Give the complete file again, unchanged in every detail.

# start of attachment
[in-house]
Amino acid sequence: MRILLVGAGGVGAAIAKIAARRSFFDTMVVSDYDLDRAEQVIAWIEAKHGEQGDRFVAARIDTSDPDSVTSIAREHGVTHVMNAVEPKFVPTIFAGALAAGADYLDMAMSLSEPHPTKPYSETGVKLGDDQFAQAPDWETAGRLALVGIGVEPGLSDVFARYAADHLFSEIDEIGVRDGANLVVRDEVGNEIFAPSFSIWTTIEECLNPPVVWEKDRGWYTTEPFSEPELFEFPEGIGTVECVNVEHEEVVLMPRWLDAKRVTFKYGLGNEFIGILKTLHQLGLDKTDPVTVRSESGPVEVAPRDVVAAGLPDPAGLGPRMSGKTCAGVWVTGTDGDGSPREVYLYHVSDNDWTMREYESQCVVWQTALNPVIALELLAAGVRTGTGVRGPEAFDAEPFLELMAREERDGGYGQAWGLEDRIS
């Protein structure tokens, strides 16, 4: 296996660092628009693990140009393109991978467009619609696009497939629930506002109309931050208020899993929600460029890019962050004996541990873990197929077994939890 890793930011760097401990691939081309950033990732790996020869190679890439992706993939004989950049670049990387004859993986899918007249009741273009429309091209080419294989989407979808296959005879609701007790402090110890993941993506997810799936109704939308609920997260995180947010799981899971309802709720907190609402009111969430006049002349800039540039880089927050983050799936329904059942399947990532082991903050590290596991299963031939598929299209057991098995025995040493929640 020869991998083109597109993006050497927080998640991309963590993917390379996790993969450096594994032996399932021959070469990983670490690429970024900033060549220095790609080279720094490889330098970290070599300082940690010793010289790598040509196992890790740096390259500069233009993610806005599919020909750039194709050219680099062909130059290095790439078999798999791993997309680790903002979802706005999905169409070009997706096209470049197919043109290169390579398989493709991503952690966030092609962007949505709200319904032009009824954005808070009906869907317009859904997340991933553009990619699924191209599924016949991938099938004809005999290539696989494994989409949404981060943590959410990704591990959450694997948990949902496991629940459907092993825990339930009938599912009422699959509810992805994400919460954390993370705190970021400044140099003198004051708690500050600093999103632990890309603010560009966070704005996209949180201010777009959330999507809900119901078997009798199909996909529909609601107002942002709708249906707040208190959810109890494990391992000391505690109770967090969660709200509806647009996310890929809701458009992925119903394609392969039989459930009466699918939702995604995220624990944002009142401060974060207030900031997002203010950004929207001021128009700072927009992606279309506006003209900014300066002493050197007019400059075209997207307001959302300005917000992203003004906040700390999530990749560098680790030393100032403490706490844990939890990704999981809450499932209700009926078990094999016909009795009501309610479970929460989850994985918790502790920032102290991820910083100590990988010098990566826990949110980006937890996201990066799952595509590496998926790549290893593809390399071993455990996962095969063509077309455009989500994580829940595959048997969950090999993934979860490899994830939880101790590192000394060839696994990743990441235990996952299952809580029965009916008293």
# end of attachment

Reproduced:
[in-house]
Amino acid sequence: MRILLVGAGGVGAAIAKIAARRSFFDTMVVSDYDLDRAEQVIAWIEAKHGEQGDRFVAARIDTSDPDSVTSIAREHGVTHVMNAVEPKFVPTIFAGALAAGADYLDMAMSLSEPHPTKPYSETGVKLGDDQFAQAPDWETAGRLALVGIGVEPGLSDVFARYAADHLFSEIDEIGVRDGANLVVRDEVGNEIFAPSFSIWTTIEECLNPPVVWEKDRGWYTTEPFSEPELFEFPEGIGTVECVNVEHEEVVLMPRWLDAKRVTFKYGLGNEFIGILKTLHQLGLDKTDPVTVRSESGPVEVAPRDVVAAGLPDPAGLGPRMSGKTCAGVWVTGTDGDGSPREVYLYHVSDNDWTMREYESQCVVWQTALNPVIALELLAAGVRTGTGVRGPEAFDAEPFLELMAREERDGGYGQAWGLEDRIS
């Protein structure tokens, strides 16, 4: 296996660092628009693990140009393109991978467009619609696009497939629930506002109309931050208020899993929600460029890019962050004996541990873990197929077994939890 890793930011760097401990691939081309950033990732790996020869190679890439992706993939004989950049670049990387004859993986899918007249009741273009429309091209080419294989989407979808296959005879609701007790402090110890993941993506997810799936109704939308609920997260995180947010799981899971309802709720907190609402009111969430006049002349800039540039880089927050983050799936329904059942399947990532082991903050590290596991299963031939598929299209057991098995025995040493929640 020869991998083109597109993006050497927080998640991309963590993917390379996790993969450096594994032996399932021959070469990983670490690429970024900033060549220095790609080279720094490889330098970290070599300082940690010793010289790598040509196992890790740096390259500069233009993610806005599919020909750039194709050219680099062909130059290095790439078999798999791993997309680790903002979802706005999905169409070009997706096209470049197919043109290169390579398989493709991503952690966030092609962007949505709200319904032009009824954005808070009906869907317009859904997340991933553009990619699924191209599924016949991938099938004809005999290539696989494994989409949404981060943590959410990704591990959450694997948990949902496991629940459907092993825990339930009938599912009422699959509810992805994400919460954390993370705190970021400044140099003198004051708690500050600093999103632990890309603010560009966070704005996209949180201010777009959330999507809900119901078997009798199909996909529909609601107002942002709708249906707040208190959810109890494990391992000391505690109770967090969660709200509806647009996310890929809701458009992925119903394609392969039989459930009466699918939702995604995220624990944002009142401060974060207030900031997002203010950004929207001021128009700072927009992606279309506006003209900014300066002493050197007019400059075209997207307001959302300005917000992203003004906040700390999530990749560098680790030393100032403490706490844990939890990704999981809450499932209700009926078990094999016909009795009501309610479970929460989850994985918790502790920032102290991820910083100590990988010098990566826990949110980006937890996201990066799952595509590496998926790549290893593809390399071993455990996962095969063509077309455009989500994580829940595959048997969950090999993934979860490899994830939880101790590192000394060839696994990743990441235990996952299952809580029965009916008293």